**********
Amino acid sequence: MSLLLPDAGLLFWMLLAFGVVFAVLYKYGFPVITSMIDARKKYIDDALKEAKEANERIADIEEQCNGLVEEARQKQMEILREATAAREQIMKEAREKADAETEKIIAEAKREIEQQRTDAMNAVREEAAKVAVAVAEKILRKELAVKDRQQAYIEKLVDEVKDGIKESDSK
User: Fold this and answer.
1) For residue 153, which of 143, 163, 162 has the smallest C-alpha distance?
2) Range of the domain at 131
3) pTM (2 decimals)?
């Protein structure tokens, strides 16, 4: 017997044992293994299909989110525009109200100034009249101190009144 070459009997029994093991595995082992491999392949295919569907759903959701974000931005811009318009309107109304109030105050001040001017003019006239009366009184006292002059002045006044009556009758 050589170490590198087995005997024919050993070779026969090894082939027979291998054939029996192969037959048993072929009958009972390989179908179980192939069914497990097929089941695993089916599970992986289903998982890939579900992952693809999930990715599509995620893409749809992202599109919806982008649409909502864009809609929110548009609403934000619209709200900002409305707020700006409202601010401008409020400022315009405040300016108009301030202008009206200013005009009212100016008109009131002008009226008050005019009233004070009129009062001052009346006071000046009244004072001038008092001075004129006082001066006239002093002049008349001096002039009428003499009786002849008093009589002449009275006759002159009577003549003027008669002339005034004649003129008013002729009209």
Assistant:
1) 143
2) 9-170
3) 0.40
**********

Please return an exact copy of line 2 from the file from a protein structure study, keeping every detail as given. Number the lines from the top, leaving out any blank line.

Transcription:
User: Fold this and answer.